Chevrolet Sail Sedan Scores Zero-Star in LATIN NCAP Crash Test
The NCAP tests have been becoming exceedingly popular with Indian car owners who have now begun to wake up to the prospect of safer cars apart from just well-equipped cars. We all remember the frenzy that was generated after the Maruti Suzuki Alto and the Tata Nano were tested. The latest car to be evaluated by the Latin NCAP is the Chevrolet Sail sedan and, sadly, the results are not encouraging. The Sail received a zero-star rating for its safety standings.
As per the test report, the biggest area of concern is the lack of protection offered to the driver’s head, which can result in possibly fatal consequences. The protection offered to the chest was deemed poor too, courtesy the high deflection and contact with the steering wheel. The car scored zero stars in the Adult Occupant Safety (AOS) and a measly two stars in the Child Occupant Safety (COS) assessments. The testing vehicle lacked airbags. It scored comparatively better in the COS because of the anchors installed for child safety.
It is the second car from Chevrolet’s line-up in recent times to score a zero rating. The Chevrolet Aveo also received a zero-star rating in late 2015. The Latin NCAP has said that General Motors, Chevrolet’s parent company, has one of the worst safety ratings in the world – a fact that has invoked a sharp response from NCAP officials.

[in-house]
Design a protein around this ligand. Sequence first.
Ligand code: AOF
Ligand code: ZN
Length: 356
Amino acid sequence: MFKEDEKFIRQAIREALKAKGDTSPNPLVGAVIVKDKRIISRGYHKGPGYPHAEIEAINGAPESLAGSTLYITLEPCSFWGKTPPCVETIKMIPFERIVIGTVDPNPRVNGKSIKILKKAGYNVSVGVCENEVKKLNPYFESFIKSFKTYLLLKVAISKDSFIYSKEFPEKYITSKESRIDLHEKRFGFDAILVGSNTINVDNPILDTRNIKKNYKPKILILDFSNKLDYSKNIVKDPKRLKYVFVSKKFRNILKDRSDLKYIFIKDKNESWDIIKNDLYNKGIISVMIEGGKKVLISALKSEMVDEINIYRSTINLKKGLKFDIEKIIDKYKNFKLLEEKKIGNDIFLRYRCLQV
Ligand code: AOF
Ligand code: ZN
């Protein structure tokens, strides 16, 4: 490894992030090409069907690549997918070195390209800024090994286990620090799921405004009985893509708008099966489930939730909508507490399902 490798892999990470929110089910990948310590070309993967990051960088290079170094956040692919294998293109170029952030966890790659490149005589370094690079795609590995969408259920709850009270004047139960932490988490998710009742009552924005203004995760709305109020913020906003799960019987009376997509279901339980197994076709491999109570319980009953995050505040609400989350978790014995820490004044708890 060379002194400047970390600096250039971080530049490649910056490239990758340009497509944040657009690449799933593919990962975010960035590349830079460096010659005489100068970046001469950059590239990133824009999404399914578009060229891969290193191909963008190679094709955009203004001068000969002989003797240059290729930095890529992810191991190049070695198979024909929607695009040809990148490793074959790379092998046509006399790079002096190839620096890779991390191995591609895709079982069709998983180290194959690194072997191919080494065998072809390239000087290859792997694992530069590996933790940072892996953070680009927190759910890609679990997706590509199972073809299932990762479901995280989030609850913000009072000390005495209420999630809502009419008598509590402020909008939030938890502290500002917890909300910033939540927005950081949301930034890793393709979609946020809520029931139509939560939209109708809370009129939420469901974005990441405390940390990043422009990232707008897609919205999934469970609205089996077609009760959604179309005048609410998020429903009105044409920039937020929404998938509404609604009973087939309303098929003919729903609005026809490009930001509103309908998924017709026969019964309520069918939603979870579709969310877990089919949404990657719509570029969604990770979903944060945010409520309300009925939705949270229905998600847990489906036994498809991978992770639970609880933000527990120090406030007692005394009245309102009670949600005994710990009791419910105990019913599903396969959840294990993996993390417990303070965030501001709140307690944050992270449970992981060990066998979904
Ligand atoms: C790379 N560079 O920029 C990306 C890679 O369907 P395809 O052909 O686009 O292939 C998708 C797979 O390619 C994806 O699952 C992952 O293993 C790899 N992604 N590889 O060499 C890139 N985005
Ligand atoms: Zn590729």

Maria Fernanda Rodriguez, president, Latin NCAP, said, "I am shocked that we keep finding zero star Chevrolets in the Latin American market. Whilst other manufactures have shown improvement over the course of the last five years, GM models continue to disappoint. Latin NCAP is committed to bring safer cars to Latin America and we will keep testing, informing consumers, and highlighting GM's as well as other car manufacturer's shortfalls until change is effected".
David Ward, global NCAP secretary general, said, "Two years ago GM announced a 'Speak Up for Safety' program billed as an important step toward embedding a customer and safety-centered culture in every aspect of the business. Global NCAP warmly welcomes these commitments but believes that they now must have practical application in Latin America and in other emerging automotive markets."
As cars get quicker, speed limits across the world are rising higher. Autonomous driving is just around the corner, and we feel that manufacturers must concentrate their efforts on making cars safer across board. Smaller entry level cars in particular (such as the Chevrolet Sail sedan) that form the bulk of sales across the world, are in need of extra attention, especially in countries like India and Brazil, that have bad safety records.
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